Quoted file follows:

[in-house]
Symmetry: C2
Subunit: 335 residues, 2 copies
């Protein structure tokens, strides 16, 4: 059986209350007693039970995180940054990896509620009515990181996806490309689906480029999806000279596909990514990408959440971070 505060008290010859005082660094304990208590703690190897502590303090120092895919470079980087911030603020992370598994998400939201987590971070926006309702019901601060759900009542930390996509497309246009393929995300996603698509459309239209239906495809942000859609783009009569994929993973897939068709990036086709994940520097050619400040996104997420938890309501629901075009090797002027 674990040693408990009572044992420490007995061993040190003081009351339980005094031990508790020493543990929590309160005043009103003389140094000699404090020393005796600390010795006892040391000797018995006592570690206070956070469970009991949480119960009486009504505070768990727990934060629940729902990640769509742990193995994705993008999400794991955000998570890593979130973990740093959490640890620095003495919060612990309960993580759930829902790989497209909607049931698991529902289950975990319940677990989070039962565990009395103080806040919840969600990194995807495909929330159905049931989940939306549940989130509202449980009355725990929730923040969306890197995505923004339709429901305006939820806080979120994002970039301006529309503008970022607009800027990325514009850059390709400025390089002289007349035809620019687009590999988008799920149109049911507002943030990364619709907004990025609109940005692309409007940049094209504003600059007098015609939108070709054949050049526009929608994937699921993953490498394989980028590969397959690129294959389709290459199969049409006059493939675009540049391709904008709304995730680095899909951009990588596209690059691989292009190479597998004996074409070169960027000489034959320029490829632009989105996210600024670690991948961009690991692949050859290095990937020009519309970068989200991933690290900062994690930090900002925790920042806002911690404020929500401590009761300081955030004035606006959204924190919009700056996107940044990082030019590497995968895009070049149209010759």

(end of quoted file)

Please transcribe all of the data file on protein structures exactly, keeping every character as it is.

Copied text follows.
[in-house]
Symmetry: C2
Subunit: 335 residues, 2 copies
């Protein structure tokens, strides 16, 4: 059986209350007693039970995180940054990896509620009515990181996806490309689906480029999806000279596909990514990408959440971070 505060008290010859005082660094304990208590703690190897502590303090120092895919470079980087911030603020992370598994998400939201987590971070926006309702019901601060759900009542930390996509497309246009393929995300996603698509459309239209239906495809942000859609783009009569994929993973897939068709990036086709994940520097050619400040996104997420938890309501629901075009090797002027 674990040693408990009572044992420490007995061993040190003081009351339980005094031990508790020493543990929590309160005043009103003389140094000699404090020393005796600390010795006892040391000797018995006592570690206070956070469970009991949480119960009486009504505070768990727990934060629940729902990640769509742990193995994705993008999400794991955000998570890593979130973990740093959490640890620095003495919060612990309960993580759930829902790989497209909607049931698991529902289950975990319940677990989070039962565990009395103080806040919840969600990194995807495909929330159905049931989940939306549940989130509202449980009355725990929730923040969306890197995505923004339709429901305006939820806080979120994002970039301006529309503008970022607009800027990325514009850059390709400025390089002289007349035809620019687009590999988008799920149109049911507002943030990364619709907004990025609109940005692309409007940049094209504003600059007098015609939108070709054949050049526009929608994937699921993953490498394989980028590969397959690129294959389709290459199969049409006059493939675009540049391709904008709304995730680095899909951009990588596209690059691989292009190479597998004996074409070169960027000489034959320029490829632009989105996210600024670690991948961009690991692949050859290095990937020009519309970068989200991933690290900062994690930090900002925790920042806002911690404020929500401590009761300081955030004035606006959204924190919009700056996107940044990082030019590497995968895009070049149209010759």